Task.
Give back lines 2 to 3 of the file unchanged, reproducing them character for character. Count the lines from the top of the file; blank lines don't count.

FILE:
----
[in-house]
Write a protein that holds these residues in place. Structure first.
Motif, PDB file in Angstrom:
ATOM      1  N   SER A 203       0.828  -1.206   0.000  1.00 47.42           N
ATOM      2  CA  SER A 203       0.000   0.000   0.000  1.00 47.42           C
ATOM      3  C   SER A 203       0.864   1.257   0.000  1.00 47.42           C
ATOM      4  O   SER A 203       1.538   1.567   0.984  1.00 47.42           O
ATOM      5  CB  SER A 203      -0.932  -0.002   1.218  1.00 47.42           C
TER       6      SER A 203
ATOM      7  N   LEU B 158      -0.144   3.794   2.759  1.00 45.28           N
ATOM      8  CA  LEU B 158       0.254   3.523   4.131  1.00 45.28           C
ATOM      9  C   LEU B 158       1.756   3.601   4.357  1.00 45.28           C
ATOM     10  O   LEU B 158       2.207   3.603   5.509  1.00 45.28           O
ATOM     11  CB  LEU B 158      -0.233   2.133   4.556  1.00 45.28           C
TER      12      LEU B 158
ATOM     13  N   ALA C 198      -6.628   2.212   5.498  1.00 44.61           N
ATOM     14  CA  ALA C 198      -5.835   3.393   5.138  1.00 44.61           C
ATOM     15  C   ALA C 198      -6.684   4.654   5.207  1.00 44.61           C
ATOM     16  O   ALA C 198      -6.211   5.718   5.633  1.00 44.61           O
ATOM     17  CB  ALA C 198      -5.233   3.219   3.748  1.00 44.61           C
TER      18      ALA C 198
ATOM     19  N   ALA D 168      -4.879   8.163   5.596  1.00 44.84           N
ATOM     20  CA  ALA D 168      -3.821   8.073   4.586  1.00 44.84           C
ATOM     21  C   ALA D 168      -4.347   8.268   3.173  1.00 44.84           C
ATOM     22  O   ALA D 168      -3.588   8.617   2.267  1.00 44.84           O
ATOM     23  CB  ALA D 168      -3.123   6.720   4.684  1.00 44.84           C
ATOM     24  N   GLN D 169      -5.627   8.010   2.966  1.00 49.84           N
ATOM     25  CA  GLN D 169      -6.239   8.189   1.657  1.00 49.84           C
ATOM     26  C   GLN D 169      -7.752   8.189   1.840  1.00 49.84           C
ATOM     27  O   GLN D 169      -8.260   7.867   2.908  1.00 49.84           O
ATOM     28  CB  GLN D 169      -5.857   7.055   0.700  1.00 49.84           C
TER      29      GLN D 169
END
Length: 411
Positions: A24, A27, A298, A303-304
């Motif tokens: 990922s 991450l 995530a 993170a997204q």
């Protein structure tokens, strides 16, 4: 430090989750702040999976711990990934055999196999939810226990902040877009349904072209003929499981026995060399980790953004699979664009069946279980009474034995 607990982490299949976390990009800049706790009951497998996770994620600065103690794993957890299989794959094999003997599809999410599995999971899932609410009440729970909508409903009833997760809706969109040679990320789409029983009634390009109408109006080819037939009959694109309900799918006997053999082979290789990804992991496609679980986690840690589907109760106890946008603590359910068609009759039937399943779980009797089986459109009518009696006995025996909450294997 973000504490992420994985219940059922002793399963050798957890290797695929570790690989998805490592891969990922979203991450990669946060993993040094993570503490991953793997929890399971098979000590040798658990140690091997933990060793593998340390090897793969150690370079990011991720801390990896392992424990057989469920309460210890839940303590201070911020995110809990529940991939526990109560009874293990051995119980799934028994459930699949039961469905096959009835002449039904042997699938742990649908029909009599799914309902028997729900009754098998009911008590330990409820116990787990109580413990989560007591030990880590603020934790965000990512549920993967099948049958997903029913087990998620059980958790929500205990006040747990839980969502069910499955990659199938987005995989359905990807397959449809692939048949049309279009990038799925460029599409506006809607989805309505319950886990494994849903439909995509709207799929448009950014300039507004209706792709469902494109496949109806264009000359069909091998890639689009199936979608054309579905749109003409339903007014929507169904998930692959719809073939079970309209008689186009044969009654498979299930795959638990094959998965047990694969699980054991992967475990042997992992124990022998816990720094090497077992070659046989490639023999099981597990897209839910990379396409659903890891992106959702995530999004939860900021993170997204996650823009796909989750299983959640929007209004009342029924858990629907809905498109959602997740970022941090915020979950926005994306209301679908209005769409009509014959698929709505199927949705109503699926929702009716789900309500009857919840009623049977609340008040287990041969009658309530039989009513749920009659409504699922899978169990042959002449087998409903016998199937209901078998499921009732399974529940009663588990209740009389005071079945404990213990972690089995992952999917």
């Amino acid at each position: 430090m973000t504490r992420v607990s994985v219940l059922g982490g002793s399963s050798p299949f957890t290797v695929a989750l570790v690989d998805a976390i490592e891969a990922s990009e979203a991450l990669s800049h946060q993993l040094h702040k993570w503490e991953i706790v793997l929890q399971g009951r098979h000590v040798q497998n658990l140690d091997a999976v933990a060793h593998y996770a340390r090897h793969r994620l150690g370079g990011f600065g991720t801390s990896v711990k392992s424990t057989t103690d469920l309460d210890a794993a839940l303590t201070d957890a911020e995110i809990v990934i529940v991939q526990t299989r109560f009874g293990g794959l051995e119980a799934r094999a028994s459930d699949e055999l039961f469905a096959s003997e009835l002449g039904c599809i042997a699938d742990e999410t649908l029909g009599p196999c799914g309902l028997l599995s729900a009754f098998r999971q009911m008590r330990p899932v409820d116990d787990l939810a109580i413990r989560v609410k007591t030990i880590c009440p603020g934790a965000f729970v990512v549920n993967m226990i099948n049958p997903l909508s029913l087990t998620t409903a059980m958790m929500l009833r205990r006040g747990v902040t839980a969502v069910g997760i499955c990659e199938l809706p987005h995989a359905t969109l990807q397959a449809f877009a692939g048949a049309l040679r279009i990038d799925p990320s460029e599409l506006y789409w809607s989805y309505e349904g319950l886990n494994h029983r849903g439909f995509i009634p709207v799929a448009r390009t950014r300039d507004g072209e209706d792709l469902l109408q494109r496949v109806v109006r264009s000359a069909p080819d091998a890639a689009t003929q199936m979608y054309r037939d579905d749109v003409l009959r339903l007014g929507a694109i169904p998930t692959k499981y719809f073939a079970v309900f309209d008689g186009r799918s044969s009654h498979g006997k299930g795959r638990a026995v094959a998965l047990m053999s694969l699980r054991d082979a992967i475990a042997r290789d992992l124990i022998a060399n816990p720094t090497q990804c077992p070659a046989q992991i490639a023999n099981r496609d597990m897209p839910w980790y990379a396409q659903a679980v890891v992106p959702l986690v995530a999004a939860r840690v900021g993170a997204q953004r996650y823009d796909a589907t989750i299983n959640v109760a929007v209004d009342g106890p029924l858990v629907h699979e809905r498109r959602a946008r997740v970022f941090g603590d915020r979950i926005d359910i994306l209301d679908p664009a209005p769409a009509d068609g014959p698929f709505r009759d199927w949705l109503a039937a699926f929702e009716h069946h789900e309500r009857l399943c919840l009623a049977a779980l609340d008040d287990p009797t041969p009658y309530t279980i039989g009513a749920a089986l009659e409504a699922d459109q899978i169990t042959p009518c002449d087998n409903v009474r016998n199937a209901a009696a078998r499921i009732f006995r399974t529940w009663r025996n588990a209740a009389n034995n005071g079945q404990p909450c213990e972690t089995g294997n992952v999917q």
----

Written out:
Write a protein that holds these residues in place. Structure first.
Motif, PDB file in Angstrom: